From: “Anders Sandvig” <anders@wincue.org>
To: …
Subject: Re: WinCue bug

Sorry about the late reply, I don’t check this e-mail address as often as I should.

Thank you for your interest in WinCue. It’s great for me to see that people still use the plug-in, even after all these years. I feel a bit bad about “abandoning” the project, but my time has been limited, and I guess I have lacked the motivation to pick it up again. Personally I’m not very pleased with the direction that Winamp has taken, so I have been looking for other solutions.

I still think the core idea of WinCue is relevant, because even now that every media player on the market has a built-in media library with searching capabilities, I have yet to find a player that is as easy to use as the WinCue library. That is of course just my personal opinion, but I happen to know that there are a few other people out there who think the same.

Anyway, because of this I started thinking about creating a new media player with the WinCue media library sort of integrated. The plan was to make a general media library implementation with searching functionality and add that to an existing player source with a nice GUI on top. I even started implementing the new library for Wincue2 (the source code for the library in the new player and Wincue2 would be the same), but then I sort of stopped working on it due to lack of time.

I haven’t decided if I will continue with the Wincue2 project, but if people (like you) request changes to the existing 1.40 version, I might be able to fix that in much shorter time.

So, I guess my answer to your question is that I don’t really know what will happen in the future, but I will look into the possibility of releasing an updated version of WinCue 1.40.

Anders

As explained in the e-mail, I feel a bit bad about abandoning the project. Now, this happened for several reasons, the two major ones being lack of time and interest. Up until now I was also under the impression that the previous user base of WinCue was long gone, and had moved on to better software for managing their musical experience. When I finally tok the time to go through my web site statistics, I was a bit shocked to see that www.wincue.org still has thousands of visitors every month. Even in April 2008, WinCue 1.40 had more than thousand downloads. As outdated as I feel the current version is, the numbers make me suspect that there are still people out there who use Winamp and my plug-in.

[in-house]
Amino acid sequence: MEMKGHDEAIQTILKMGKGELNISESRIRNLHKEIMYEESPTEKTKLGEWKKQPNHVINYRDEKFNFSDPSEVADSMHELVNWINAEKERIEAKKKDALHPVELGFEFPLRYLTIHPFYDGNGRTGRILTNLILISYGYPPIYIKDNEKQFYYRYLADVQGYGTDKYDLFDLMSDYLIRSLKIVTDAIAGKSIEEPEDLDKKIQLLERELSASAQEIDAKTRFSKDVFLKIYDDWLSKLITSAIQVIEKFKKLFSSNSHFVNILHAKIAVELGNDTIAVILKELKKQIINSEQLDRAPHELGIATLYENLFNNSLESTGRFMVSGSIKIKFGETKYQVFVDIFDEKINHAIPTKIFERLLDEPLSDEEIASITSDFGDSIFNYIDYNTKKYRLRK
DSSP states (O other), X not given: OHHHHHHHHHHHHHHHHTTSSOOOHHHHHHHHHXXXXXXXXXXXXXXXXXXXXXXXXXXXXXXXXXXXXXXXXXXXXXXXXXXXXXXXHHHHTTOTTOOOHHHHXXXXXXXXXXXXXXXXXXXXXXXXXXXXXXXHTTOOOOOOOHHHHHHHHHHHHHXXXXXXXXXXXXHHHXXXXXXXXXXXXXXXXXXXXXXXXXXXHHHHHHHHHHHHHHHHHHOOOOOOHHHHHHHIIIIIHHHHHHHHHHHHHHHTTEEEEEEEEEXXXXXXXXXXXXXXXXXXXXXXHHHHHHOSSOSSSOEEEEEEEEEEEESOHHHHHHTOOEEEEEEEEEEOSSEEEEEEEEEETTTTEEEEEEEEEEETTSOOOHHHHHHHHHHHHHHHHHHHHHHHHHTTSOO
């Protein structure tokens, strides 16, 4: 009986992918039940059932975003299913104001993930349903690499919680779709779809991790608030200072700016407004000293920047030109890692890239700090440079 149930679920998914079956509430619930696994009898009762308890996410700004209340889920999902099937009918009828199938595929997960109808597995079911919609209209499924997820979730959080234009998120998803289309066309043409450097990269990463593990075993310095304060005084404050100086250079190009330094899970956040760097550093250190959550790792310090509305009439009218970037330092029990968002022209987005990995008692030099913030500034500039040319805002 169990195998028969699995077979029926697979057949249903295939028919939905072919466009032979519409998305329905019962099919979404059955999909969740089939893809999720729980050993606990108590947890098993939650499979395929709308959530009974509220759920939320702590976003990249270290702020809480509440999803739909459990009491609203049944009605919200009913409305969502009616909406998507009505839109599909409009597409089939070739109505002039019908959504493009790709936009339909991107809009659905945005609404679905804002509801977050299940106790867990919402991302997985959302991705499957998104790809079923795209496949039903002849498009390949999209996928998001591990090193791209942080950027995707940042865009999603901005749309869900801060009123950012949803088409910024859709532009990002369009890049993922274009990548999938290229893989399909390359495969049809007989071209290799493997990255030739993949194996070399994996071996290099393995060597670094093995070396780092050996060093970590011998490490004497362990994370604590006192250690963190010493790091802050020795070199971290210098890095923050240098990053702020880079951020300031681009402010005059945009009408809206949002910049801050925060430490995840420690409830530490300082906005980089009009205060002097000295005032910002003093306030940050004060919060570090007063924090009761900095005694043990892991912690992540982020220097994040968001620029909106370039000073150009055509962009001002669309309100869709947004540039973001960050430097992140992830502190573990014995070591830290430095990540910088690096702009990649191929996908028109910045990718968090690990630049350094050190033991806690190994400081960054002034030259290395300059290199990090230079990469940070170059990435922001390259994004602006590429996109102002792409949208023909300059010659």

Again, I must apoligize for staying out of reach for so long. The site forum was hacked years ago, and I never bothered to fix it. I hardly ever checked my wincue.org e-mail, and the few times I did, I rarely took the time to write you back.

So, the question is now, what will be the future of WinCue? Should I pick up the project again, and if I do, should I fix bugs in the old version of rewrite the entire thing from scratch? Is Winamp even worth using these days? As I mention in the e-mail I have also thought about writing a new media player alltogether, but I realize this might be a huge and time-consuming project, so any suggestions are welcome.

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Welcome to loop label

Welcome to loop label. This is, as you may already have guessed, my blog.

For many years I was very much against the concept of blogging, mainly because most blogs I read were completely uninteresting to me. But then I finally realized two things: 1) blogs are not going away, no matter how much I ignore them, so if I can’t beat them, I might as well join them, and 2) I actually might have some stuff I want to say myself.

If anyone is wondeing what the name is all about, here’s a clue for you:

label:
  mov  ecx, 2
  loop label

If you after reading that suspect that I might be a programmer and also a bit of a geek, you’re absolutely right. And if you have no idea what those cryptic letters mean and don’t know the first thing about programming (at least not in assembly language), don’t worry. I am also fascinated by other topics, such as technology, film, music, photography and human behavior. Chances are, I might also dare write about those things every now and then.

So there you go. Here’s my blog. Hate it, love it or ignore it. It’s your choice.